Cambridge, Mass. - April 26, 2012 - The mitotic spindle, an apparatus that segregates chromosomes during cell division, may be more complex than the standard textbook picture suggests, according to researchers at the Harvard School of Engineering and Applied Sciences (SEAS).
The findings, which result from quantitative measurements of the mitotic spindle, will appear tomorrow in the journal Cell.
The researchers used a femtosecond laser to slice through the strands of the organelle and then performed a mathematical analysis to infer the microscopic structure of the spindle from its response to this damage.
"We've been using this nanosurgery technique to understand the architecture and assembly of the spindle in a way that was never possible before," says Eric Mazur, Balkanski Professor of Physics and Applied Physics at Harvard, who co-authored the study. "It's very exciting."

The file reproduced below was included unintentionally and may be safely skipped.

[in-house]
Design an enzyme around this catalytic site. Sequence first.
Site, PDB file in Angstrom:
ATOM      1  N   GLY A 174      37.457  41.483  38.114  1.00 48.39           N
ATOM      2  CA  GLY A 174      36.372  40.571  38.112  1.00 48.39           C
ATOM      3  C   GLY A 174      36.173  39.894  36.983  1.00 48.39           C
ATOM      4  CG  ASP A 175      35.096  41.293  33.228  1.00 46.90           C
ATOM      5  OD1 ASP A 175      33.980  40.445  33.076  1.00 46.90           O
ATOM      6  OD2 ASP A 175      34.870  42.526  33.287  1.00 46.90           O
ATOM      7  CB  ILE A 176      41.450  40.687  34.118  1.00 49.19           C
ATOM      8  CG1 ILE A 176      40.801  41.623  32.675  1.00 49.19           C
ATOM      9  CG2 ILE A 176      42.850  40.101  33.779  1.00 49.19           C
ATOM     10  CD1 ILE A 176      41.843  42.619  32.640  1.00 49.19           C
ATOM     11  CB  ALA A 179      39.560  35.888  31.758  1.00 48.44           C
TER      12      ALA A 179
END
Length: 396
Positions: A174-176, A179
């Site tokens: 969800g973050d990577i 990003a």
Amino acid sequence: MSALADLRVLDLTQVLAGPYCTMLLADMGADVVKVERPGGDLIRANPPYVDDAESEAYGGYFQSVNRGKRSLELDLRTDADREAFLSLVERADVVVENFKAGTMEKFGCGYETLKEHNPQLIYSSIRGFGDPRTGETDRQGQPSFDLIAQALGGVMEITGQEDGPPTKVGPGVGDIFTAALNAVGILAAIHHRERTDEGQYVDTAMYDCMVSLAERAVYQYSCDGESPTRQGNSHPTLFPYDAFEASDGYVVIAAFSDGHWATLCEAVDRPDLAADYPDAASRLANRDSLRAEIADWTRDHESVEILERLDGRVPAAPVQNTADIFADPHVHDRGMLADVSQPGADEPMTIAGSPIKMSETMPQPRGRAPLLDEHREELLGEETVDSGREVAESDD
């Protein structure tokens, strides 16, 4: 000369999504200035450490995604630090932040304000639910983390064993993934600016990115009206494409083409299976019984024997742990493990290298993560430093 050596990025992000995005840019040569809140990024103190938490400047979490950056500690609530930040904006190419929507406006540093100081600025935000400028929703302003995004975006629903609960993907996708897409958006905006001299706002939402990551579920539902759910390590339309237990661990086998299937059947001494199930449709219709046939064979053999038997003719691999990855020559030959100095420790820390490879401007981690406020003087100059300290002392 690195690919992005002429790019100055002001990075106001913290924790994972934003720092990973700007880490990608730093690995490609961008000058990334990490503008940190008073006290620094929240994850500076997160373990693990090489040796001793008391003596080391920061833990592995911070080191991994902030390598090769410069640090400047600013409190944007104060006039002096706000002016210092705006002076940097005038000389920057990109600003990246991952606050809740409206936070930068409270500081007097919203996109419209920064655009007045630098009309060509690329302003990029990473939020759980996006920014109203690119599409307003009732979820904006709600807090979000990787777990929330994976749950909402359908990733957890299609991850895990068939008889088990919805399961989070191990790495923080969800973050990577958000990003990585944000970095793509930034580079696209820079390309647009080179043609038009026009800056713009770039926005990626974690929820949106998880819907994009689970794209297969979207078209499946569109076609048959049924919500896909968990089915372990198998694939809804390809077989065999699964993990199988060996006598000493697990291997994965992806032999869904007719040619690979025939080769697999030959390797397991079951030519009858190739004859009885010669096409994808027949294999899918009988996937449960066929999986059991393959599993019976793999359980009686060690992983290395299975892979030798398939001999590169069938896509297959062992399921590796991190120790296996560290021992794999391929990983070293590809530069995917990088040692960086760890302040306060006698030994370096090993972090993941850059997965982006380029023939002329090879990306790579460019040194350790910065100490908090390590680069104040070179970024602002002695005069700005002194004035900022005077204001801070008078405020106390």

The spindle, which is made of protein strands called microtubules, forms during cell division and segregates chromosomes into the daughter cells. It was previously unclear how microtubules are organized in the spindles of animal cells, and it was often assumed that the microtubules stretch along the length of the entire structure, pole to pole.
Mazur and his colleagues demonstrated that the microtubules can begin to form throughout the spindle. They also vary in length, with the shortest ones close to the poles.
"We wondered whether this size difference might result from a gradient of microtubule stabilization across the spindle, but it actually results from transport," says lead author Jan Brugus, a postdoctoral fellow at SEAS. "The microtubules generally nucleate and grow from the center of the spindle, from which point they are transported towards the poles. They disassemble over the course of their lifespan, resulting in long, young microtubules close to the midline and older, short microtubules closer to the poles."'/>"/>
|Contact: Caroline Perry|